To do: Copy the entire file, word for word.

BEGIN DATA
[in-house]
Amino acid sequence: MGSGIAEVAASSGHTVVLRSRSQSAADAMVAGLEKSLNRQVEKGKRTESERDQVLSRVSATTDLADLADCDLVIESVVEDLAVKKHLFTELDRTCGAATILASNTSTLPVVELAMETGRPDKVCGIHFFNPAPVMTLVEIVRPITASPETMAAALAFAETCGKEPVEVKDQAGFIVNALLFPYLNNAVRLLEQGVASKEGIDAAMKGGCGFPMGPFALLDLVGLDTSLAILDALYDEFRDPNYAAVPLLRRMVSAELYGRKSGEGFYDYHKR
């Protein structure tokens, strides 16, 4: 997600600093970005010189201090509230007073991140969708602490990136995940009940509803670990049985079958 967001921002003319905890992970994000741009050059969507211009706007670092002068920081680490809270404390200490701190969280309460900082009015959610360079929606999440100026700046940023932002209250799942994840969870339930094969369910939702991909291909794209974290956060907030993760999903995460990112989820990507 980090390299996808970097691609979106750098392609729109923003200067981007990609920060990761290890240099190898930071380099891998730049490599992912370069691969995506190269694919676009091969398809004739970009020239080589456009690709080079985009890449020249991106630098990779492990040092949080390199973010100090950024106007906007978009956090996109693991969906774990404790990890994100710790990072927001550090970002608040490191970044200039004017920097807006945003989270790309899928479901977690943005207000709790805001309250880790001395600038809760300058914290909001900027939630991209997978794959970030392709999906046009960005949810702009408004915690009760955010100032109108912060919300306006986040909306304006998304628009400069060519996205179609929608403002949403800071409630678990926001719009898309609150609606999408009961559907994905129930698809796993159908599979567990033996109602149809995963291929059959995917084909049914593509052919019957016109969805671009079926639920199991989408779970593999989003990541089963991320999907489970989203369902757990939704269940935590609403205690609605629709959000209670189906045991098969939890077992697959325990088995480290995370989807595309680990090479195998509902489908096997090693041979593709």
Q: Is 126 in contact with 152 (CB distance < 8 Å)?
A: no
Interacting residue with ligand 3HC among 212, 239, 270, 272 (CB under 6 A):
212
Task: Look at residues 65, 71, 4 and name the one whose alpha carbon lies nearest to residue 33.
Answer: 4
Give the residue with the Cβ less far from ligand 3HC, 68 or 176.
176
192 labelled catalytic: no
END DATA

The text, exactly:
[in-house]
Amino acid sequence: MGSGIAEVAASSGHTVVLRSRSQSAADAMVAGLEKSLNRQVEKGKRTESERDQVLSRVSATTDLADLADCDLVIESVVEDLAVKKHLFTELDRTCGAATILASNTSTLPVVELAMETGRPDKVCGIHFFNPAPVMTLVEIVRPITASPETMAAALAFAETCGKEPVEVKDQAGFIVNALLFPYLNNAVRLLEQGVASKEGIDAAMKGGCGFPMGPFALLDLVGLDTSLAILDALYDEFRDPNYAAVPLLRRMVSAELYGRKSGEGFYDYHKR
């Protein structure tokens, strides 16, 4: 997600600093970005010189201090509230007073991140969708602490990136995940009940509803670990049985079958 967001921002003319905890992970994000741009050059969507211009706007670092002068920081680490809270404390200490701190969280309460900082009015959610360079929606999440100026700046940023932002209250799942994840969870339930094969369910939702991909291909794209974290956060907030993760999903995460990112989820990507 980090390299996808970097691609979106750098392609729109923003200067981007990609920060990761290890240099190898930071380099891998730049490599992912370069691969995506190269694919676009091969398809004739970009020239080589456009690709080079985009890449020249991106630098990779492990040092949080390199973010100090950024106007906007978009956090996109693991969906774990404790990890994100710790990072927001550090970002608040490191970044200039004017920097807006945003989270790309899928479901977690943005207000709790805001309250880790001395600038809760300058914290909001900027939630991209997978794959970030392709999906046009960005949810702009408004915690009760955010100032109108912060919300306006986040909306304006998304628009400069060519996205179609929608403002949403800071409630678990926001719009898309609150609606999408009961559907994905129930698809796993159908599979567990033996109602149809995963291929059959995917084909049914593509052919019957016109969805671009079926639920199991989408779970593999989003990541089963991320999907489970989203369902757990939704269940935590609403205690609605629709959000209670189906045991098969939890077992697959325990088995480290995370989807595309680990090479195998509902489908096997090693041979593709």
Q: Is 126 in contact with 152 (CB distance < 8 Å)?
A: no
Interacting residue with ligand 3HC among 212, 239, 270, 272 (CB under 6 A):
212
Task: Look at residues 65, 71, 4 and name the one whose alpha carbon lies nearest to residue 33.
Answer: 4
Give the residue with the Cβ less far from ligand 3HC, 68 or 176.
176
192 labelled catalytic: no